The story of your stuff

Your entry

Need inspiration for getting started on your entry? You’re in the right place! Here you’ll find an example of a video entry, shot by Irish director Christian Tierney, as well as some tips on how to go about filming your entry, whether you’re using a camera or even just a smartphone! Don't forget, keep your video short and sweet - less than 90 seconds!




Christian's tips for young filmmakers

The best and only way to become a filmmaker is to just go and do it

It’s not something you can learn in a classroom, the only way you’ll improve is by actually filming and editing in the real world. Everyone has access to a HD camera these days, iPhones shoot in 4K resolution which is insane. Almost every laptop or computer comes with free video editing software and if yours doesn’t, there are plenty of free ones you can download online. There’s nothing stopping you from going out and making something. Whether you get your friends to act in a short film, you make a short documentary about someone or something interesting in your area, you film people skating or dancing or playing music like I did, there’s always something to film. The more you film, the better you’ll get, your eye will improve, you’ll start seeing shots better and you’ll improve very quickly if you put the time in. Don’t be afraid to experiment and try different things. There’s no such thing as a right way to do things.

Find someone in the industry who does what you want to do and ask them can they help you

You can find anyone’s email on the internet. Someone in the industry might meet you for a cup of coffee to give you advice, they might let you assist them to gain experience, or if you’re lucky they might even give you work experience on a production they work on. I met David Caffrey, director of Love/Hate and I asked him if he could help me in any way and he brought me on set of Love/Hate twice, introducing me to the cast, showing me how things are done and letting me watch him direct the show. If you don’t put yourself out there and ask for help then it’ll be way more difficult for you to progress. Everyone needs help in the beginning. Don’t be afraid of being ignored or told no, if someone says no then you’re no worse off than you were before or if you hadn’t asked.

Watch youtube tutorials

Lots of them. Almost everything you can learn in film school can be learned on YouTube for free in a fraction of the time. Some good places to start are Film Riot for effects and techniques, and Philip Bloom for knowledge about equipment. I learned almost everything I know from YouTube. There are hundreds of episodes of Film Riot so you can learn basically anything you need to know. Casey Neistat is an amazing filmmaker to learn from on YouTube too, definitely check him out.Take inspiration from other filmmakers, but never copy. There’s a difference. When you’re starting out it can be very helpful to try and copy what other people do as a practice exercise to learn techniques, and that’s fine, but never blatantly copy other people’s ideas.

Put yourself out there

Search the internet for other young people interested in filmmaking and make friends with them. Go to events and festivals like Fresh to meet other filmmakers. You won’t be amazing at everything, if you love directing but hate sound and editing, you’re sure to find other people your age who are great at those things. Filmmaking isn’t a solo activity, you need others to make it work. It’s not as fun by yourself either.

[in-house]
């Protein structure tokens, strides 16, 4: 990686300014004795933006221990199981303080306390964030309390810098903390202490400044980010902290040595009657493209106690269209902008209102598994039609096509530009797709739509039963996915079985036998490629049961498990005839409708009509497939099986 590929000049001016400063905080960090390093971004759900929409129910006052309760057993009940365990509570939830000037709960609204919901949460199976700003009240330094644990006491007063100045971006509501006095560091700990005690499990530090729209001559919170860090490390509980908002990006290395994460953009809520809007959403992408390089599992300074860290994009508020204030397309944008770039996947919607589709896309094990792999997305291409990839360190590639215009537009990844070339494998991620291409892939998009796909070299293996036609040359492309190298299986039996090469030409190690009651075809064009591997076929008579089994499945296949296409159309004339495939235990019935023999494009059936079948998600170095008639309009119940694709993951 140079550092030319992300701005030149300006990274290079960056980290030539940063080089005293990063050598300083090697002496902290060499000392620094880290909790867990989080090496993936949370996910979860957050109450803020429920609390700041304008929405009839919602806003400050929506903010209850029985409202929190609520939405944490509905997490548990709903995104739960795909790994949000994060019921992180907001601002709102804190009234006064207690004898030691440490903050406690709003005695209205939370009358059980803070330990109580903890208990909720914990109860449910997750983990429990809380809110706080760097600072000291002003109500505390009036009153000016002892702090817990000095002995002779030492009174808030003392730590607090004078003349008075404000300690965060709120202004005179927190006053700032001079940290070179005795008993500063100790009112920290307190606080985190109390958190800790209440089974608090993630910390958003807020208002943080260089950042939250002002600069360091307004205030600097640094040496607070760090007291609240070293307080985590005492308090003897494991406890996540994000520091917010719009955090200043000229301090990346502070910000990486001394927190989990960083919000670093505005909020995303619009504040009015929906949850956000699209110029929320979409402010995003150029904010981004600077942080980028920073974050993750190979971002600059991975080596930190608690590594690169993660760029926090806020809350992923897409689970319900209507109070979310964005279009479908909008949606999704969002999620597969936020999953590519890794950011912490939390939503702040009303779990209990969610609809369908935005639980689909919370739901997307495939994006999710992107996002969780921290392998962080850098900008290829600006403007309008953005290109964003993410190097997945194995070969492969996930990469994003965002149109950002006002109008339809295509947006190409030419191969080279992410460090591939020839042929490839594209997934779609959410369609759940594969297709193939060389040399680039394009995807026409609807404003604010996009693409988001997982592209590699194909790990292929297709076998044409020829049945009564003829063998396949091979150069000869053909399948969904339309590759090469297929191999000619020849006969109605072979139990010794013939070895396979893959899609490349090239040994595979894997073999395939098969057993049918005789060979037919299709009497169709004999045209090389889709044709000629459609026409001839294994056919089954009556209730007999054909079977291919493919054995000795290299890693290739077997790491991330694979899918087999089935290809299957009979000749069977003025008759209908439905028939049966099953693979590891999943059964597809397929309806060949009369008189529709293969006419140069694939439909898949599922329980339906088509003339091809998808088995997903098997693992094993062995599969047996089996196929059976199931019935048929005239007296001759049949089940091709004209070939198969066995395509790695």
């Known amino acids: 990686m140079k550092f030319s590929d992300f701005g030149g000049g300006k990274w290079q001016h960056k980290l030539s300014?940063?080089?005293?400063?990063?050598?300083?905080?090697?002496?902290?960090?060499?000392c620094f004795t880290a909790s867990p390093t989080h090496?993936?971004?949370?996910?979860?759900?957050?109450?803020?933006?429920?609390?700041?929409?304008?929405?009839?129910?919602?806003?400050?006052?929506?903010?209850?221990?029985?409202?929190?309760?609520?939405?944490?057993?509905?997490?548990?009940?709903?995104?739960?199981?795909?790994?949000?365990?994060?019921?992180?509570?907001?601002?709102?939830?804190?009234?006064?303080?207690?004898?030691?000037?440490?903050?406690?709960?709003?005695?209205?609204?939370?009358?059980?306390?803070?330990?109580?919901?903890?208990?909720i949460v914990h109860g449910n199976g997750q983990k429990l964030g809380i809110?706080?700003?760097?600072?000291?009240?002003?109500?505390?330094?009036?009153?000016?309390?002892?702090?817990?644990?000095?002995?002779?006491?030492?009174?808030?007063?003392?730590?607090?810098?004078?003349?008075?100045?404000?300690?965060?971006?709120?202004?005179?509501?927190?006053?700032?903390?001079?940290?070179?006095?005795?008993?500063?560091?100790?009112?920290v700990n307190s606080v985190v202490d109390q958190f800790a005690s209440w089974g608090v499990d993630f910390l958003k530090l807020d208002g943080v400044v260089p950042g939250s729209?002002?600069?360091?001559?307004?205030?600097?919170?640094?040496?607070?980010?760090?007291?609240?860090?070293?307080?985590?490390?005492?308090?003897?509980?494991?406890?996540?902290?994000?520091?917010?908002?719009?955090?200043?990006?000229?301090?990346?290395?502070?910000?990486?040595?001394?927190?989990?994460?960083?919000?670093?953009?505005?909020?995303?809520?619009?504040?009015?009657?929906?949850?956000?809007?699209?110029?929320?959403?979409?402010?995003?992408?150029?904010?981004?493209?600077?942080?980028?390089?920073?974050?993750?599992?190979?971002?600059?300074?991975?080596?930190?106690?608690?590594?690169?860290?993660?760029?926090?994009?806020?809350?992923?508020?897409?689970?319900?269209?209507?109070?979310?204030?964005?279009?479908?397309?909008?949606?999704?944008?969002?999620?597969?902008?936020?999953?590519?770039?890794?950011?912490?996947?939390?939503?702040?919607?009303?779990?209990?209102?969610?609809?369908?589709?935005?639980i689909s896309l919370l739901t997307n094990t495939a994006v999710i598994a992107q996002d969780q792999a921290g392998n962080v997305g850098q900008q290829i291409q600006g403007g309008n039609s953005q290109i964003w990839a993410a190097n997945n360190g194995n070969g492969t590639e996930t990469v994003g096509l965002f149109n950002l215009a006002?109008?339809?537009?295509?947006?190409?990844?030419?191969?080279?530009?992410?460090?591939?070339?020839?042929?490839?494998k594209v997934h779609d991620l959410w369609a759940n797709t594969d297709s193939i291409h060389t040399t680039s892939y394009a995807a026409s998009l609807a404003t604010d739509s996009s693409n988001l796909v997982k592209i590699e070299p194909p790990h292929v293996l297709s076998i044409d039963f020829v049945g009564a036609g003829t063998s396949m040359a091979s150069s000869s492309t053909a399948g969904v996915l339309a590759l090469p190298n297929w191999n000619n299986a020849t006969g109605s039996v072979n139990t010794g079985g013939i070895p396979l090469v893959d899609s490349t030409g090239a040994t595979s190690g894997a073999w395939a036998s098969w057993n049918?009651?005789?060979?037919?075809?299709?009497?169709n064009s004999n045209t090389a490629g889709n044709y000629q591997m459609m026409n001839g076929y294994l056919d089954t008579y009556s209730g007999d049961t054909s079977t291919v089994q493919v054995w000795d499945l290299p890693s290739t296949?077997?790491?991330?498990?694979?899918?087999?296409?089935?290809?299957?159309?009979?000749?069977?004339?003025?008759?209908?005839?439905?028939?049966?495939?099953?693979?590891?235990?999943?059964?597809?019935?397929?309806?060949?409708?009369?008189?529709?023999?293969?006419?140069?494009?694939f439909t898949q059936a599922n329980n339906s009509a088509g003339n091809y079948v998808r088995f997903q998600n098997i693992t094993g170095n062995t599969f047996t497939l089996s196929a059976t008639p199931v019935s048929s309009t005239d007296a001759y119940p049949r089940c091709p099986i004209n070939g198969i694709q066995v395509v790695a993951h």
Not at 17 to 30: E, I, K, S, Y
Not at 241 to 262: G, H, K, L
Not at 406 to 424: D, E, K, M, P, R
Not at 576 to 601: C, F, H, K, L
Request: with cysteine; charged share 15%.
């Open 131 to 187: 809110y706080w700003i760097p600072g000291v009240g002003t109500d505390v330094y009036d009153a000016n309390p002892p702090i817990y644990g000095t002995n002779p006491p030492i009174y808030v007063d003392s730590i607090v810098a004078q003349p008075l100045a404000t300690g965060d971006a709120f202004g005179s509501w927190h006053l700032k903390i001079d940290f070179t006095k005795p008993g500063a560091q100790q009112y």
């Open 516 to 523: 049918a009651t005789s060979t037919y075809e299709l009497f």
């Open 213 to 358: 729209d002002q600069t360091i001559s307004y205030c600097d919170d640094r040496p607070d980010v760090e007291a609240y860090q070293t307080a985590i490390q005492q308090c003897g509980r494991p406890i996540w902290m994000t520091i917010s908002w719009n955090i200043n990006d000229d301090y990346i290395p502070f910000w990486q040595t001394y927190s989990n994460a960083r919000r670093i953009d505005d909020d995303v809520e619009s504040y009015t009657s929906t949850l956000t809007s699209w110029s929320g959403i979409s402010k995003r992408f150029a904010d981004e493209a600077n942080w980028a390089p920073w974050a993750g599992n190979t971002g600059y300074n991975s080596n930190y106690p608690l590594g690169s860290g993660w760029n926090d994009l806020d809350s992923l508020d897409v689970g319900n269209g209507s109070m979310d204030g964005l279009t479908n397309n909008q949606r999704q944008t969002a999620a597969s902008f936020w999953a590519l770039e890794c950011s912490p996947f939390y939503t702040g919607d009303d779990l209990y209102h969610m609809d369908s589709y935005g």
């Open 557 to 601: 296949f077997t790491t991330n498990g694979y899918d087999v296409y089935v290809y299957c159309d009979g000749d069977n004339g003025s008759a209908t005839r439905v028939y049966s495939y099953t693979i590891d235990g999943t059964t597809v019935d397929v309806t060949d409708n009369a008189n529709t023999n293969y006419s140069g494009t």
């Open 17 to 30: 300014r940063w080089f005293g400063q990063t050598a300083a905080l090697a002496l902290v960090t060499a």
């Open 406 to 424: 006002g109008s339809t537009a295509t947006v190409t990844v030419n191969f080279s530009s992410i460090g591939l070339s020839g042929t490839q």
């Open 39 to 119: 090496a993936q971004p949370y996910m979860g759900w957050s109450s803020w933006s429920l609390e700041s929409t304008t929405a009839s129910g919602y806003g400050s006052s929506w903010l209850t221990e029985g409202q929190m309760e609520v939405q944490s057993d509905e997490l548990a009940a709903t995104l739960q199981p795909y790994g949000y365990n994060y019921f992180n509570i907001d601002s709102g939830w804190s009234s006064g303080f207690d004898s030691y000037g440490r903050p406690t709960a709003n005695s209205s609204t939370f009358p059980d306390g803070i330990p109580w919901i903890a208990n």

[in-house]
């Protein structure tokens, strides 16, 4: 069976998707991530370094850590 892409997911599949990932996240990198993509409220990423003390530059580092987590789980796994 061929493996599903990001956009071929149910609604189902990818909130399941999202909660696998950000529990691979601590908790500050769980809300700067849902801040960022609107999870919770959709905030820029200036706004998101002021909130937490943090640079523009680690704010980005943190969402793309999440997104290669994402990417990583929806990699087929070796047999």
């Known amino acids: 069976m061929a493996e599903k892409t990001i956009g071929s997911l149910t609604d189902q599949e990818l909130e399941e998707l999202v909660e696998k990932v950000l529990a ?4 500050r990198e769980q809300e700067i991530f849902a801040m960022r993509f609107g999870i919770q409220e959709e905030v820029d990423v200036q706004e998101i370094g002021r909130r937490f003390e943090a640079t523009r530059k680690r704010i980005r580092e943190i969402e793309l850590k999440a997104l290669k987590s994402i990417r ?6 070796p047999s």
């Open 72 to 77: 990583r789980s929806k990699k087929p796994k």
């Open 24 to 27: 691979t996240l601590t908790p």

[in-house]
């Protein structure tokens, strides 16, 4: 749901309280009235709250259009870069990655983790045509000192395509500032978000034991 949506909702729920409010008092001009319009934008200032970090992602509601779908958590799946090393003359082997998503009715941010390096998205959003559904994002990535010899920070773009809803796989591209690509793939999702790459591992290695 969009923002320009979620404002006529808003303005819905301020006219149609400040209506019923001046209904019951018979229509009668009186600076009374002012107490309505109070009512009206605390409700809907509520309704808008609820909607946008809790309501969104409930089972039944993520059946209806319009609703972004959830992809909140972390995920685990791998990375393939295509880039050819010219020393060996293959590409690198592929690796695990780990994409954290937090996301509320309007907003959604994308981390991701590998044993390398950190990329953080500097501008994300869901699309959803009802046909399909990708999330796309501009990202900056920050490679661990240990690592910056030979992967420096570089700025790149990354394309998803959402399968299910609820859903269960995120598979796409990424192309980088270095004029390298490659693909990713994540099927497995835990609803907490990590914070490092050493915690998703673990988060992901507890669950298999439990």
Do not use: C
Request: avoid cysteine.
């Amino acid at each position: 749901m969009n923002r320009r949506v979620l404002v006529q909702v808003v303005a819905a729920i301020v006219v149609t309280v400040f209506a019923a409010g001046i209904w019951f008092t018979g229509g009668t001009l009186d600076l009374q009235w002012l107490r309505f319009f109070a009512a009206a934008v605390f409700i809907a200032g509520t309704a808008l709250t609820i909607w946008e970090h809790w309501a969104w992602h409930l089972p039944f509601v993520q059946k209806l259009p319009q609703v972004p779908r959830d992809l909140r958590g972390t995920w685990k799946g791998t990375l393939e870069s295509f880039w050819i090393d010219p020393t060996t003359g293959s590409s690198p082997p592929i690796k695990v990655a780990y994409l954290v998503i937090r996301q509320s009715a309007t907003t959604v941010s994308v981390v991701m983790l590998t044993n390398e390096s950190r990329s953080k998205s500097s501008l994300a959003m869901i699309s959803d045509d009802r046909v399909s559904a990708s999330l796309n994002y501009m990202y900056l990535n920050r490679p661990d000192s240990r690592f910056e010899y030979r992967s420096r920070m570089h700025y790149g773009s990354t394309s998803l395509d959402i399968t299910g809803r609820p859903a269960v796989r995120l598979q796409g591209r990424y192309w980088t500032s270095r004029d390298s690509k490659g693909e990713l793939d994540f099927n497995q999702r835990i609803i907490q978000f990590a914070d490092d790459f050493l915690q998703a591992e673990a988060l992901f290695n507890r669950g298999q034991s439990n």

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"I wanted to get involved with a project like this because of the massive environmental problems that face our planet and are worsening everyday. This competition is a great way to get the next generation of adults and potential leaders thinking about the importance of saving our environment and hopefully acting upon it. Of course we can only start small that’s why The Story of Your Stuff makes sense. If everybody embraced responsibility for their own stuff then collectively we can make a bigger and more positive impact on our world. I really had fun making this video - I loved that this was a real challenge for me, being quite different to what I normally film!”

Christian Tierney

Christian Tierney is a 20 year old music videographer, photographer, director, interviewer and writer from Dublin, Ireland. At the age of 15, he founded his YouTube channel with the aim of finding and sharing the best new Irish and international music through intimate, cinematic live sessions and interviews that he shot himself. Since then he has grown it into a global music platform with over 8,000,000 views and 22,000 loyal subscribers. In the channel's first year, he discovered and filmed the then unknown but soon to be global megastars, Macklemore & Ryan Lewis, helping to introduce them to a wider Irish audience for the first time. Two years later, Christian discovered the then up and coming singer-songwriter James Bay and filmed the first ever recording of his song Let It Go which has since gone on to be a global hit. As a result and despite his age, Christian has already gained extensive experience in the music industry working with globally successful artists like James Bay, Macklemore, Major Lazer, Kendrick Lamar, Hozier, The 1975, Gavin James and many more as well as major record labels like Universal, Sony and Warner. Alongside his channel, Christian has directed internationally award winning short films, official music videos and has photographed countless concerts and festivals like Electric Picnic, Longitude, Forbidden Fruit, Sea Sessions and Live at The Marquee.